The recent innovations of Gajam Anjaiah are production of cotton saree with 16 Auspicious Symbols depicted in the Literature of Jainism. Each symbol in the design carries special effect, which brings religious significance to the saree, which can be worn during important festivals and religious occasions. Another recent innovative Tie and Dye cotton saree is with 108 Astrological Symbols which has much more intricate designs. Each Astrological Symbol is depicted in a size of 2.25-inch space with very minute details. The total process of transforming the paper design to fabric is much more laborious and requires high degree of skill, is taken care by Anjaiah himself in this regard.

He has imparted training to many weavers in the village of Chundur in Nalgonda district and in the village of Amangal in Mahboobnagar District in learning designing/weaving of the famous varieties like Gadwal & Tie and Dye combination, traditional Kancheevaram, Uppada and Kota sarees production. All these weavers are engaged for their regular employment and earning higher wages at present. Anjaiah apart from providing regular employment to 200 weavers’ families in Nalgonda and Mahboobnagar Districts, he has also contributed donations to some of the choultrys of weavers’ community at Srisailam, Bhadrachalam and Tirupathi.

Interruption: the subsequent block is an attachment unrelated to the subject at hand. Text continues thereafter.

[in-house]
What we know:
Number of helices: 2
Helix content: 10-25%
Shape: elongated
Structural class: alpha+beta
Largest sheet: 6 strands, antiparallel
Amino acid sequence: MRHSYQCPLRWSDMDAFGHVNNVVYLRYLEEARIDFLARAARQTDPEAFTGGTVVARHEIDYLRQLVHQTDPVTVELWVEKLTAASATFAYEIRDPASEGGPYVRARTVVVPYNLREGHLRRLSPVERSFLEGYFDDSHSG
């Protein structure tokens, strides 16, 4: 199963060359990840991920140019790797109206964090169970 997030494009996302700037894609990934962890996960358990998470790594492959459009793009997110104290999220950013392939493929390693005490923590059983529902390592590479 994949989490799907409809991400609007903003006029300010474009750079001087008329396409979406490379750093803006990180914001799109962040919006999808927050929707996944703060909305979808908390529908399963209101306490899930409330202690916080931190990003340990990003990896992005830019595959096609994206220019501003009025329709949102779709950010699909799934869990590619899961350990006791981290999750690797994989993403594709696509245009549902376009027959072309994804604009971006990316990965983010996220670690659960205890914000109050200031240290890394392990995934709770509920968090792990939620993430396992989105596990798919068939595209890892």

He has participated in several handloom exhibitions such as Suraj Kund Mela held at Haryana in Feb 1990, Pravinya Exhibition organized by Crafts Council of Andhra Pradesh in September 1991, An exhibition and seminar on Handlooms/Handicrafts conducted by Annalaxmi National Museum in Singapore on two occasions i.e. on 18 December 2003 and 26 February 2004, 33rd World Crafts Councils – APR Regional Meeting in Dauge, South Korea on 19 October 2011. He has also met relevant dignitaries/officers and presented the problems of handloom weavers and suggested possible solutions. [5]

Gajam Anjaiah participated in Pagnes & Sari exhibition at the Blue Penny Museum, Mauritius on 5 November 2013. The exhibition attracted many tourists and local people in Mauritius. The Fashion and Design Institute students of Mauritius also paid visit to the exhibition and enquired about various weaving techniques of Handloom products. The exhibition was marked by the presence of Mrs. Purryag (the First Lady of Mauritius), Mr. T. P. Seetharam (the High Commissioner of India in Mauritius), Mrs. Martin (the Minister of Gender Equality, Child Development and Family Welfare) and Mr. Richon (the Curator of Blue Penny Museum). [6]